Stopped from submitting complaint against Adani Group to ED, Kharge emails it
In the letter to the ED, the Opposition parties demanded an investigation into the matter citing its “serious implications” not just for India’s economy but most importantly democracy
Congress leader Mallikarjun Kharge on Wednesday emailed a letter to the Enforcement Directorate (ED) seeking immediate action over allegations of fraud against the Adani Group after leaders of 16 Opposition parties were stopped from physically submitting it to the federal agency.
Police deployed additional forces and put up barricades to prevent the leaders from marching from the Parliament complex to the ED office to submit the letter. Code of Criminal Procedure’s Section 144, which bars the gathering of over four people, was also imposed around the complex.
Kharge, who led the march, said police did not let them go to the ED office as the government does not want them to demand a probe into the Adani issue. The Opposition leaders earlier met at Kharge’s office to coordinate their strategy on the issue.
Opposition parties have cornered the government over the exposure of the State Bank of India (SBI) and Life Insurance Corporation (LIC) to the Adani Group and sought a joint parliamentary panel probe into allegations against it.
The group faced a rout of share prices of its listed firms after US-based short seller Hindenburg Research in January accused it of “brazen stock manipulation” and “accounting fraud” via “a vast labyrinth of offshore shell entities.”
The allegations rocked the first half of the ongoing Budget Session of Parliament even as the Gautam Adani-led group has denied them.
In the letter to the ED, the Opposition parties demanded an investigation into the matter citing its “serious implications” not just for India’s economy but most importantly democracy. “This case involves serious and far-reaching charges of corporate fraud, political corruption, stock-price manipulation through fraudulent means, and the misuse/monopolization of public resources to benefit a single corporate group,” said the letter.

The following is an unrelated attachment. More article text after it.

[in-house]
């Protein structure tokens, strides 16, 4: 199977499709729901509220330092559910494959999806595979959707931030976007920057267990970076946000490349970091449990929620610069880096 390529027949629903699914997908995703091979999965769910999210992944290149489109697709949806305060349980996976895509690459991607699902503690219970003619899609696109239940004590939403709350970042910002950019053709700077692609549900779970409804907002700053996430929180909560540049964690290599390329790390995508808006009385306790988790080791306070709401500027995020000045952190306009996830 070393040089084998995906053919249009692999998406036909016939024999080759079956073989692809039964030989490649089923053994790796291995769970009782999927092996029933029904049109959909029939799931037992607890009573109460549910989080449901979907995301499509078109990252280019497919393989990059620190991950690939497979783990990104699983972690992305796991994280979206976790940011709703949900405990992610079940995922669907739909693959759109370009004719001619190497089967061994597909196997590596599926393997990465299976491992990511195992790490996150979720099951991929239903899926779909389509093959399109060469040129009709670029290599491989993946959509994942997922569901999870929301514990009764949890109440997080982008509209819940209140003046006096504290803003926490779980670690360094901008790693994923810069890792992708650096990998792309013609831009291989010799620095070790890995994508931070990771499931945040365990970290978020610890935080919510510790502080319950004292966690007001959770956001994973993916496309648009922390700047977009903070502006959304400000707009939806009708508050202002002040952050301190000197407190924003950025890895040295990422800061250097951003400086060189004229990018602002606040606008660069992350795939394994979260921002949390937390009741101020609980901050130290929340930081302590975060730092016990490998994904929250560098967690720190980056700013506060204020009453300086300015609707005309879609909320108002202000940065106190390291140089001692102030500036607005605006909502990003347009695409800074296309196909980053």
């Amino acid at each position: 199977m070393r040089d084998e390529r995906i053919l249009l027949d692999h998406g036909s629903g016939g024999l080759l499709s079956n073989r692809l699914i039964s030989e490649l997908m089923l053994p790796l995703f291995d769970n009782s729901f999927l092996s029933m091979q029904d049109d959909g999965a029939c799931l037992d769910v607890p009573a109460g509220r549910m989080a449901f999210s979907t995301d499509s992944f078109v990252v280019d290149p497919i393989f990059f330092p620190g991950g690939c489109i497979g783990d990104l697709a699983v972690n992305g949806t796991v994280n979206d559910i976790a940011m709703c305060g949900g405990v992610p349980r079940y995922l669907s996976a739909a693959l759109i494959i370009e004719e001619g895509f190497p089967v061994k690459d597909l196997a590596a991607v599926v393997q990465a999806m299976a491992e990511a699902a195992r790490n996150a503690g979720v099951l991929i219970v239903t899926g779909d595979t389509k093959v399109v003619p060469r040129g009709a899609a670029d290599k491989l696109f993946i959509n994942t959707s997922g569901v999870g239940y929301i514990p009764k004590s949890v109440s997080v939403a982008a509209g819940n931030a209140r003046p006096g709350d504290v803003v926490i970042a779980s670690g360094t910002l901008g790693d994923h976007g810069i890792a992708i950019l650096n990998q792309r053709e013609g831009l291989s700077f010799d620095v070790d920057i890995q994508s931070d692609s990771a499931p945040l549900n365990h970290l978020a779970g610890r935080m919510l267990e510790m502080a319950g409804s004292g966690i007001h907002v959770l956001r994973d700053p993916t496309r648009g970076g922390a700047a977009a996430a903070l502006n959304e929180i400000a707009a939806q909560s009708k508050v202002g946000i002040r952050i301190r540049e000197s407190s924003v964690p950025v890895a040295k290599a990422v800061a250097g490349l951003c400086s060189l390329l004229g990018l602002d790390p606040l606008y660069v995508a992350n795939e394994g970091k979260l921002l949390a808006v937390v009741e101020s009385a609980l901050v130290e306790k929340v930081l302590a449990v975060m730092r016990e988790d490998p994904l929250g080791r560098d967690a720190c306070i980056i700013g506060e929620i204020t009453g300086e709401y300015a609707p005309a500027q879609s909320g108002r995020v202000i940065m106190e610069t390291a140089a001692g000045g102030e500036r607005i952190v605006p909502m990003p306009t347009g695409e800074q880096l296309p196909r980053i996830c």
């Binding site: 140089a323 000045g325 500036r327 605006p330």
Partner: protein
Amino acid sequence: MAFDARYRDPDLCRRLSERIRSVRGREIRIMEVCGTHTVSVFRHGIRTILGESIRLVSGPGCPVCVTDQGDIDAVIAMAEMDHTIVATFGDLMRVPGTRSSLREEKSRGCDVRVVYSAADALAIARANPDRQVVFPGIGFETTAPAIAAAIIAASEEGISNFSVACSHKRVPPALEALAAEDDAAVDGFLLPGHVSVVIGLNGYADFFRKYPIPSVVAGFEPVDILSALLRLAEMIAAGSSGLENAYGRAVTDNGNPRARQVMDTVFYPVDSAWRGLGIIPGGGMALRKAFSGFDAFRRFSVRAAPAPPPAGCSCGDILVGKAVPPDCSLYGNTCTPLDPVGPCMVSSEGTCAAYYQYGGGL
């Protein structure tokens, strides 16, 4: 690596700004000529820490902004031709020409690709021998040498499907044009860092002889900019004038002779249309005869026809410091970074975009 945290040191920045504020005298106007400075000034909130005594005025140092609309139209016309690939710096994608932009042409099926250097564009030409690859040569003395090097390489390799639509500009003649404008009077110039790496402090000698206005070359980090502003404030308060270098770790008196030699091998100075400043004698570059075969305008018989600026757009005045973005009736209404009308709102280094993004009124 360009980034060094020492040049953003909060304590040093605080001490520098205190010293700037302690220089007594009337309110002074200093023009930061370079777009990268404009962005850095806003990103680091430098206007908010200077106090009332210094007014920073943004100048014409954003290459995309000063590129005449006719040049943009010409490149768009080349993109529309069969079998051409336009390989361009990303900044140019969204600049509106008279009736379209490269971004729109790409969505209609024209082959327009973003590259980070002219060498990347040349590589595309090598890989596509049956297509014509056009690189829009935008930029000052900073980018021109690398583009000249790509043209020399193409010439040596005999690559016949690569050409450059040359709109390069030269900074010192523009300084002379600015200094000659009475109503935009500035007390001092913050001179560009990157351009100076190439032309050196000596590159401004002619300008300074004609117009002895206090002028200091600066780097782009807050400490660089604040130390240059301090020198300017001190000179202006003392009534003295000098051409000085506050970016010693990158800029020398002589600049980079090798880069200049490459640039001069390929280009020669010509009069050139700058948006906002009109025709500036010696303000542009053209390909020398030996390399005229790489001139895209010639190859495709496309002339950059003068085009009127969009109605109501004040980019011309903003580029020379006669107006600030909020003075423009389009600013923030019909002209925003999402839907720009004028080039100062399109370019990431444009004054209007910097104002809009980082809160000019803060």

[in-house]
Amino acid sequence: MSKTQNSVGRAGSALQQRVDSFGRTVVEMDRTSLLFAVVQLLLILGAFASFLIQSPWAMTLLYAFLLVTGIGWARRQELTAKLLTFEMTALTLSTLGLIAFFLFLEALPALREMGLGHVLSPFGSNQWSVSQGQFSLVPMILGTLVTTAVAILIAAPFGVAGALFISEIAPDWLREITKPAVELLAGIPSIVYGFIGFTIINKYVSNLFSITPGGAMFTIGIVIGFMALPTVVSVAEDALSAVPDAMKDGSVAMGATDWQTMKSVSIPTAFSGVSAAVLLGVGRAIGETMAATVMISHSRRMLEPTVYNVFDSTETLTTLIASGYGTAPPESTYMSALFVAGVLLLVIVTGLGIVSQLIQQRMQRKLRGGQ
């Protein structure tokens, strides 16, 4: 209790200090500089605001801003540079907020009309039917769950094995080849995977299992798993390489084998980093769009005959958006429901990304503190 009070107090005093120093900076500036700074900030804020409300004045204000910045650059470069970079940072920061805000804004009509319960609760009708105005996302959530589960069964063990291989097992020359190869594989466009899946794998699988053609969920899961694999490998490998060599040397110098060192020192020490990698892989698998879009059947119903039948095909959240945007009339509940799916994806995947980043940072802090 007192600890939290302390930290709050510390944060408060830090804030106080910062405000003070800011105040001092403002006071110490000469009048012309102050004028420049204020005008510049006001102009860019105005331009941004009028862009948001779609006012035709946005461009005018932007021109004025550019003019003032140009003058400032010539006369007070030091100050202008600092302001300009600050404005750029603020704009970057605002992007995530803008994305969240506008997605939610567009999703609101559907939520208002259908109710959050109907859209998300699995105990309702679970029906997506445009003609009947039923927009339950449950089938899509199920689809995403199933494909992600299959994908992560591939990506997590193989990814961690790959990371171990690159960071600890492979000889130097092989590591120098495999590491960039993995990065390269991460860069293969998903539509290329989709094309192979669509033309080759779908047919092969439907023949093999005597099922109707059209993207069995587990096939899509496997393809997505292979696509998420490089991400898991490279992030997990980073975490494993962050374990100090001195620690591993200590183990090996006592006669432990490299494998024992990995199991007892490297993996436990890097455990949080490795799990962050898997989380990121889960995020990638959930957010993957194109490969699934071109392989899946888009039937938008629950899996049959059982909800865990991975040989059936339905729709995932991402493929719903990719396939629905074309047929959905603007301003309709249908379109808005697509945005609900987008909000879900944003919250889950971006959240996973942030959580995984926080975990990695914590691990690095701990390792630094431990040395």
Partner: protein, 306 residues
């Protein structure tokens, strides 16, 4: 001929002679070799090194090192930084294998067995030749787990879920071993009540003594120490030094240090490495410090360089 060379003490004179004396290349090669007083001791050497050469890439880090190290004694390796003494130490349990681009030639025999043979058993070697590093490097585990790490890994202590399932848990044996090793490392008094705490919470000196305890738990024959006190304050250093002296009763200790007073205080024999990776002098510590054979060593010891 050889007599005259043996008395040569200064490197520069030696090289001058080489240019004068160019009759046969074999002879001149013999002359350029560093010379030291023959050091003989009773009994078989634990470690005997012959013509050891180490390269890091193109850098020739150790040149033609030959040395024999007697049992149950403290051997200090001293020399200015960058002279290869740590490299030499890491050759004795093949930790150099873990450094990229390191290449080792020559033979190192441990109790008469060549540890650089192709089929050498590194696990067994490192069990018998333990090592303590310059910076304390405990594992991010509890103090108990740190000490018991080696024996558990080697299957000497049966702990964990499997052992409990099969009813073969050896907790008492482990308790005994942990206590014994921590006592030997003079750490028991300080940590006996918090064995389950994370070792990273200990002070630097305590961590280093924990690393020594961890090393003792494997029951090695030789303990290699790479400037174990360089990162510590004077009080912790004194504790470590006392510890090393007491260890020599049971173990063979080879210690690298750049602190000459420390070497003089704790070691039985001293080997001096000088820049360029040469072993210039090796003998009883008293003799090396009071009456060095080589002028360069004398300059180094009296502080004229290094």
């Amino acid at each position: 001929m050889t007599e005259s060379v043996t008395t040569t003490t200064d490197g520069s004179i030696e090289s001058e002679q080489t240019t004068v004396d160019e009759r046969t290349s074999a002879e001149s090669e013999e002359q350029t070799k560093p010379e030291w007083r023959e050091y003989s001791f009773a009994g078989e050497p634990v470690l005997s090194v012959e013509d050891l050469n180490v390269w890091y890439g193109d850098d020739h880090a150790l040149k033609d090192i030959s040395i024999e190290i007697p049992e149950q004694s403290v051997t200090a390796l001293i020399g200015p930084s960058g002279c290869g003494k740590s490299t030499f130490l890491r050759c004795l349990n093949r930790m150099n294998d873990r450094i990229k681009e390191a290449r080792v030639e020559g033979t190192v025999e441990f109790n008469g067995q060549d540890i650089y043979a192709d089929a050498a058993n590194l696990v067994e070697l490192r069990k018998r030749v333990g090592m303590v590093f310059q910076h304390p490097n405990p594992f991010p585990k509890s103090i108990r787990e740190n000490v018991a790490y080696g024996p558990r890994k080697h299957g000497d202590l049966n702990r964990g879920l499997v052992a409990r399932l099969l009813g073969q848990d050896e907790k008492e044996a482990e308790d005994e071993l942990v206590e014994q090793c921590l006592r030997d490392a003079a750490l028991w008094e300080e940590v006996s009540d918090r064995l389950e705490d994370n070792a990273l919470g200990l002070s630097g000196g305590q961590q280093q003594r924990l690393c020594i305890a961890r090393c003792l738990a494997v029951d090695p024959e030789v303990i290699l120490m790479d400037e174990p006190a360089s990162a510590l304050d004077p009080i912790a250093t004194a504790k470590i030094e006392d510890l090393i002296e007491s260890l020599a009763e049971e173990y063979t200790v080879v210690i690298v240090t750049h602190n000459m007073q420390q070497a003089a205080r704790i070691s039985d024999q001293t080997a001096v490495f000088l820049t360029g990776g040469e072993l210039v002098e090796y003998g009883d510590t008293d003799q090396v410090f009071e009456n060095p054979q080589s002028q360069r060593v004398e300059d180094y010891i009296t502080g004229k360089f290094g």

The letter urged the ED to specifically look into the allegations of the group’s links with offshore shell companies and funds. It cited data in the public domain and alleged the group controlled 38 Mauritius shell entities through Gautam Adani’s brother Vinod Adani or close associates as well as other entities in Cyprus, the UAE, Singapore, and Caribbean Islands.
The letter said Vinod Adani and his associates were “crucial” in setting up these networks. “The detailed nature of transactions which reveal such a link are now available in the public domain.”
The letter said these actions are also patently illegal since they violate the basic rule that at least 25% of free float, or the shares of a company that can be publicly traded, be held by non-promoter entities.
It referred to allegations of the group lending money to a company called AdiCorp. The letter added the money was further funnelled to Adani Power.
It slammed the ED for “political favouritism” and overlooking several other high-profile cases linked directly or indirectly with the group such as the 3000 kg Mundra Port drug bust.
The letter referred to massive amounts of debt the group has taken from public sector banks and alleged a clear pattern of corruption, cronyism, and habitual law breaking. The letter added despite all of this, the ED has shown little to no interest in pursuing a basic investigation.
It pointed out the ED has zealously pursued cases of alleged political favouritism. “We are also aware of the limited remit of the Supreme Court Commission appointed on the subject. We point this out so as to remind the ED that it cannot turn around and abdicate its jurisdiction on these or other grounds,” said the letter, which was signed by over 20 Opposition leaders.
The Supreme Court on March 3 set up the six-member expert committee to investigate allegations of regulatory failure and breach of laws in the Adani-Hindenburg episode, including those about the conglomerate. The panel has been asked to suggest measures for bolstering the statutory and supervisory regime.